What makes this copy so great?

And how can you use the same writing techniques in your job ads?

1. The headline is a question which is an easy writing technique for grabbing attention

2. The body copy tells a before-and-after story. Recruiters can do the same.

Talk about what happened to the previous job-holder (what they did before they joined, what they achieved while they were there, what they went on to do next). This helps readers recognise whether the role is a fit with their own situation and ambition.

Or, if it’s relevant and beneficial to the reader, tell the story of the company (where they were, where they are now, where they’re going).

Or talk about a typical day or week in the life of someone doing the job. Paint a word picture. It’s more interesting to read than a list of bullet-point ‘requirements’.

We grew up with stories. Readers find them compelling.

3. It includes a ‘recommendation’. What other people say about what you’re selling (i.e. a job) is more believable than anything you say. Get quotes from other employees about how great the company is, or the department, or the tech stack, or the boss…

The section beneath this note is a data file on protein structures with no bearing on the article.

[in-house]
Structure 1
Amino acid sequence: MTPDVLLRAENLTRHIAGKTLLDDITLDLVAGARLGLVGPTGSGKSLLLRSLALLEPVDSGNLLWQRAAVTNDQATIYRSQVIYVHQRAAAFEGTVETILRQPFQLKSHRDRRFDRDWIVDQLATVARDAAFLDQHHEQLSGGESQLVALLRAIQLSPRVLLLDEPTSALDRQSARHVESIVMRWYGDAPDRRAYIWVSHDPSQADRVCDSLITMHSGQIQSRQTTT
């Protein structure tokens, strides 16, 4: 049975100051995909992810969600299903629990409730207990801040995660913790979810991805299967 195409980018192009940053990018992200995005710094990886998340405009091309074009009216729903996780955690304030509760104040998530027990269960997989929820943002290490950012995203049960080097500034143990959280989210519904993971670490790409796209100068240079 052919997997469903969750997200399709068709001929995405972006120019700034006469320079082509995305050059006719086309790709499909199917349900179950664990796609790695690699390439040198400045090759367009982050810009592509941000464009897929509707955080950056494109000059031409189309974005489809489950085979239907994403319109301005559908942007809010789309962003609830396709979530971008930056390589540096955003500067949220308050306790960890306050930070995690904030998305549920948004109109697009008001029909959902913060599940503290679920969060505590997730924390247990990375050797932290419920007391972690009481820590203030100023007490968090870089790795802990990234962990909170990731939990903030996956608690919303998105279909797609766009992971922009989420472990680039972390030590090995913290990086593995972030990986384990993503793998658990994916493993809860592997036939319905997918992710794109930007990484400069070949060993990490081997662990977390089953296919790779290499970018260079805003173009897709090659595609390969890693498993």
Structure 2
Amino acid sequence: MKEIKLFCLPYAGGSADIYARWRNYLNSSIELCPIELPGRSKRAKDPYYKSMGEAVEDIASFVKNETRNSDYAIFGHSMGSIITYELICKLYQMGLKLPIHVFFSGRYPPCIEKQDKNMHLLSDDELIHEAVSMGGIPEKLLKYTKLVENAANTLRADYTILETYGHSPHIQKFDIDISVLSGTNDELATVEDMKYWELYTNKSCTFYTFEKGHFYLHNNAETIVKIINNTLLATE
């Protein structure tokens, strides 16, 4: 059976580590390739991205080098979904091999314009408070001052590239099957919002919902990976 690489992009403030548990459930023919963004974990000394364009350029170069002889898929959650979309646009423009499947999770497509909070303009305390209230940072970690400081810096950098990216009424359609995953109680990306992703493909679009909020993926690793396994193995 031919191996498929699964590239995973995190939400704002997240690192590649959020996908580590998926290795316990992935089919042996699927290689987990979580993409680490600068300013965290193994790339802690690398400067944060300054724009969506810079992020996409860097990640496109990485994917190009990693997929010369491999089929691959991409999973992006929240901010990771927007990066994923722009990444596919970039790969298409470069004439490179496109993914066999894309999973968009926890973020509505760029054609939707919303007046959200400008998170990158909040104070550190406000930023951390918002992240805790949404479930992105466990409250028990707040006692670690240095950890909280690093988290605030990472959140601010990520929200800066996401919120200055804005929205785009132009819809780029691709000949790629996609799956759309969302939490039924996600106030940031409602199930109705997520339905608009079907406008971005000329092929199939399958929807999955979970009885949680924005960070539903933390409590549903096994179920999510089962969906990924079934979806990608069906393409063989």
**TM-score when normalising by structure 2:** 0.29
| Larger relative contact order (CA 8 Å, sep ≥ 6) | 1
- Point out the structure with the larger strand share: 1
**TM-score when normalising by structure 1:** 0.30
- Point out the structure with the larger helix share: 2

4. It talks about benefits, benefits, benefits.

When Mitch Sullivan is coaching recruiters, he says they typically scatter benefits throughout the ad or put them all at the end, instead of at the start.

BTW, when we talk about ‘benefits’, we don’t mean things such as 28 days’ holiday, pension scheme and bean bags in Reception. Those are often legal requirements (not the bean bags, obviously) and belong at the end of the end.

We mean ‘benefits’ in the broader sense of the word. That is:

– Whatever answers the question ‘what’s in it for me?’ in the mind of the reader (because they’re a reader, not a candidate at this point)

– Whatever makes this job different and better from the same job at another employer

– Whatever is enough to make someone go through the risk and hassle of applying and (unless they’re unemployed) of moving jobs

Find out more